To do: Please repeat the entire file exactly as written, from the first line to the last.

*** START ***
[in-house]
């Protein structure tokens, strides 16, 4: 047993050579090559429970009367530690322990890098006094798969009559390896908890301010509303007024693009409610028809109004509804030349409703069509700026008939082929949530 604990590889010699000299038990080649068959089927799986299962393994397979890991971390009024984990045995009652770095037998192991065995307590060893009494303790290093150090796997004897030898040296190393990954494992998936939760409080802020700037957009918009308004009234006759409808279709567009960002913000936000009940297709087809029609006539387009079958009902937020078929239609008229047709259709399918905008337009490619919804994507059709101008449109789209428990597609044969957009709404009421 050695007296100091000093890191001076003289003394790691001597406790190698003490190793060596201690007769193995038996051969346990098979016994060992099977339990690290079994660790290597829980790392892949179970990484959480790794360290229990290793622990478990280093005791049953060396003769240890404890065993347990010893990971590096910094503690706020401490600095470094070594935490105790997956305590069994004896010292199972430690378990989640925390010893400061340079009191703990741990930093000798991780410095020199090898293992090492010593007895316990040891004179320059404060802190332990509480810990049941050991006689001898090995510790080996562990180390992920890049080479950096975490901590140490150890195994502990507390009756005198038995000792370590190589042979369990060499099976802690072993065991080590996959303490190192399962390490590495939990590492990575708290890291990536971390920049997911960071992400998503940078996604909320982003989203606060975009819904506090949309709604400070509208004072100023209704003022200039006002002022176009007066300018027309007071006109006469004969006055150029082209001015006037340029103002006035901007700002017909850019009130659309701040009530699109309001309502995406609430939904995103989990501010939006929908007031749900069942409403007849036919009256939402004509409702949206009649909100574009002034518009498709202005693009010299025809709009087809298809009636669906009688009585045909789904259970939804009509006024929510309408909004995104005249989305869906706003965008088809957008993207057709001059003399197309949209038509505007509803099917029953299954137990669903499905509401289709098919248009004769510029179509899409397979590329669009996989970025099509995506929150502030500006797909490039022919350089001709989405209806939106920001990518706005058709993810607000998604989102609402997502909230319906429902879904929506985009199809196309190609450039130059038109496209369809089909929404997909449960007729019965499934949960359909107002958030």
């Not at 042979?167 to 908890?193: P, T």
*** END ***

[in-house]
């Protein structure tokens, strides 16, 4: 047993050579090559429970009367530690322990890098006094798969009559390896908890301010509303007024693009409610028809109004509804030349409703069509700026008939082929949530 604990590889010699000299038990080649068959089927799986299962393994397979890991971390009024984990045995009652770095037998192991065995307590060893009494303790290093150090796997004897030898040296190393990954494992998936939760409080802020700037957009918009308004009234006759409808279709567009960002913000936000009940297709087809029609006539387009079958009902937020078929239609008229047709259709399918905008337009490619919804994507059709101008449109789209428990597609044969957009709404009421 050695007296100091000093890191001076003289003394790691001597406790190698003490190793060596201690007769193995038996051969346990098979016994060992099977339990690290079994660790290597829980790392892949179970990484959480790794360290229990290793622990478990280093005791049953060396003769240890404890065993347990010893990971590096910094503690706020401490600095470094070594935490105790997956305590069994004896010292199972430690378990989640925390010893400061340079009191703990741990930093000798991780410095020199090898293992090492010593007895316990040891004179320059404060802190332990509480810990049941050991006689001898090995510790080996562990180390992920890049080479950096975490901590140490150890195994502990507390009756005198038995000792370590190589042979369990060499099976802690072993065991080590996959303490190192399962390490590495939990590492990575708290890291990536971390920049997911960071992400998503940078996604909320982003989203606060975009819904506090949309709604400070509208004072100023209704003022200039006002002022176009007066300018027309007071006109006469004969006055150029082209001015006037340029103002006035901007700002017909850019009130659309701040009530699109309001309502995406609430939904995103989990501010939006929908007031749900069942409403007849036919009256939402004509409702949206009649909100574009002034518009498709202005693009010299025809709009087809298809009636669906009688009585045909789904259970939804009509006024929510309408909004995104005249989305869906706003965008088809957008993207057709001059003399197309949209038509505007509803099917029953299954137990669903499905509401289709098919248009004769510029179509899409397979590329669009996989970025099509995506929150502030500006797909490039022919350089001709989405209806939106920001990518706005058709993810607000998604989102609402997502909230319906429902879904929506985009199809196309190609450039130059038109496209369809089909929404997909449960007729019965499934949960359909107002958030």
């Not at 042979?167 to 908890?193: P, T």